Prime Minister Antonis Samaras and deputy premier Evangelos Venizelos met on Friday morning to evaluate the political fallout from a secretly-filmed video featuring former cabinet secretary Panayiotis Baltakos suggesting that the government tried to influence a judicial probe into the neofascist Golden Dawn.
Speaking to reporters after the talks, Venizelos admitted that there were differences that divided the two parties in the coalition but said its chief goal and "national duty" was to safeguard stability.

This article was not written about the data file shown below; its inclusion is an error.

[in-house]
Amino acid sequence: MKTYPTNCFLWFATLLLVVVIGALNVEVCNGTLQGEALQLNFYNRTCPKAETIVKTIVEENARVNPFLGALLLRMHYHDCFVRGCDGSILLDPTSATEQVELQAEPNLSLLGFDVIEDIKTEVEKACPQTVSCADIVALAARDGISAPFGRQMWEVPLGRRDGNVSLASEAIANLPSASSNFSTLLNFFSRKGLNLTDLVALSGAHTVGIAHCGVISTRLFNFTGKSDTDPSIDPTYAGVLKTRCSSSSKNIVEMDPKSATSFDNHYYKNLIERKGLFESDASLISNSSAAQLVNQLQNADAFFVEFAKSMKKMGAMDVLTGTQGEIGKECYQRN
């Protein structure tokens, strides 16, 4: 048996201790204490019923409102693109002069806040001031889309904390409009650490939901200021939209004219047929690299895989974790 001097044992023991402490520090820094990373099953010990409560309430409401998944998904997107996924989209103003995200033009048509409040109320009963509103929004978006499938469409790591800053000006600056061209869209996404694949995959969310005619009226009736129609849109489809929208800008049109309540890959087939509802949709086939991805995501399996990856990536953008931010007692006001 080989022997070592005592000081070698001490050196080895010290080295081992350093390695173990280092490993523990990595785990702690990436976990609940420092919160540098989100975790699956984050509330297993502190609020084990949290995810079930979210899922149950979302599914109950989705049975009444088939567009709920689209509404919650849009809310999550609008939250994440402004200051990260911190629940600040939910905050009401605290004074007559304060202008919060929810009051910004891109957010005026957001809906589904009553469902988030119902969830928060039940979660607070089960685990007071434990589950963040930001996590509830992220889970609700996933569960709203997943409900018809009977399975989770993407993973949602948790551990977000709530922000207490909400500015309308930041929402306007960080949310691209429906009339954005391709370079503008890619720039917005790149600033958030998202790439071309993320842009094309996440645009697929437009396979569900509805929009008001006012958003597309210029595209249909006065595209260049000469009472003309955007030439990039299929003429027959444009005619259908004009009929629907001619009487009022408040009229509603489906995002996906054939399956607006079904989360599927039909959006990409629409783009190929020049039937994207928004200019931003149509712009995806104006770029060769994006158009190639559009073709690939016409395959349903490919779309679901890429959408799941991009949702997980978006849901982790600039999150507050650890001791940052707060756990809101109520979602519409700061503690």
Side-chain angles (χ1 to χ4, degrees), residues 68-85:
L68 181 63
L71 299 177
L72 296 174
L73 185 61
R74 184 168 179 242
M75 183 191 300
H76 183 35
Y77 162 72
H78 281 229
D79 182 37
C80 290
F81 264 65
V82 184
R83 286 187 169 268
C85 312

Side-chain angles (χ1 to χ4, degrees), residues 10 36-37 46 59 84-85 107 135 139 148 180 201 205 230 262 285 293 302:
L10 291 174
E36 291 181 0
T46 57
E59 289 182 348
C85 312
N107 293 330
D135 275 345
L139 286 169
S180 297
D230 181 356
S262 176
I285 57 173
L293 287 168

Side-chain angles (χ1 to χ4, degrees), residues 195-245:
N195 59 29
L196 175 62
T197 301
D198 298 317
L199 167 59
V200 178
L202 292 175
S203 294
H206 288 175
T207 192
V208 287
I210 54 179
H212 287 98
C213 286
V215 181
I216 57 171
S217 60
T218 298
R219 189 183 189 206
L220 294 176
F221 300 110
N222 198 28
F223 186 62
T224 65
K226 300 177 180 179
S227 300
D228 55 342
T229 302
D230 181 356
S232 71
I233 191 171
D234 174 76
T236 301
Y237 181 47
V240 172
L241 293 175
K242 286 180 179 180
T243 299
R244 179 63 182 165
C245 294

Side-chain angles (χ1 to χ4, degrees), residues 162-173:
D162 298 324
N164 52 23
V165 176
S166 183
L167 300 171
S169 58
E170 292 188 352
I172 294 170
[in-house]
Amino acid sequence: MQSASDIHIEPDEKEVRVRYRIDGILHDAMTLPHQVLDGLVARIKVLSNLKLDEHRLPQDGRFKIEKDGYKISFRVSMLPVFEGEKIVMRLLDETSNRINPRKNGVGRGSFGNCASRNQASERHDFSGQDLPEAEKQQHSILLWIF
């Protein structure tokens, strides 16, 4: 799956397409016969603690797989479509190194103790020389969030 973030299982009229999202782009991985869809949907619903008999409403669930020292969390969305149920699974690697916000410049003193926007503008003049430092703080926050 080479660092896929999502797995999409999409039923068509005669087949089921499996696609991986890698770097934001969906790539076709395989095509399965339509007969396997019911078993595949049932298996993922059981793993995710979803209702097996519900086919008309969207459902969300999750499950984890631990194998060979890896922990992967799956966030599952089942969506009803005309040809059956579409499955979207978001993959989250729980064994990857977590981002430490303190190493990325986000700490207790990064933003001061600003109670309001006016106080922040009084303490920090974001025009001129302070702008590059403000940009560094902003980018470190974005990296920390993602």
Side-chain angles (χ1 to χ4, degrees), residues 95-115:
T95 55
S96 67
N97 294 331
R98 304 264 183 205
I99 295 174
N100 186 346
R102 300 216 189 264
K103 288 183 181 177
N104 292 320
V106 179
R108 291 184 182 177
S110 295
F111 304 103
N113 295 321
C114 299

According to sources, the coalition partners discussed the best course of action in view of threats by Golden Dawn MPs that there are more potentially damaging videos that may be released in the coming days and the admission by Baltakos himself that he had other meetings with GD officials that may have been recorded.
Samaras is under growing pressure from the political opposition but also from members of the coalition's junior partner, PASOK, over the affair. PASOK's secretary, Nikos Androulakis, said the socialist party "cannot stay with people like Baltakos in the government," implying that other conservative cadres should be ejected.
New Democracy Euro MP, Marietta Giannakou, said the Baltakos issue "was a government affair." "It cannot harm New Democracy, either ideologically or politically," Giannakou told Skai radio on Friday.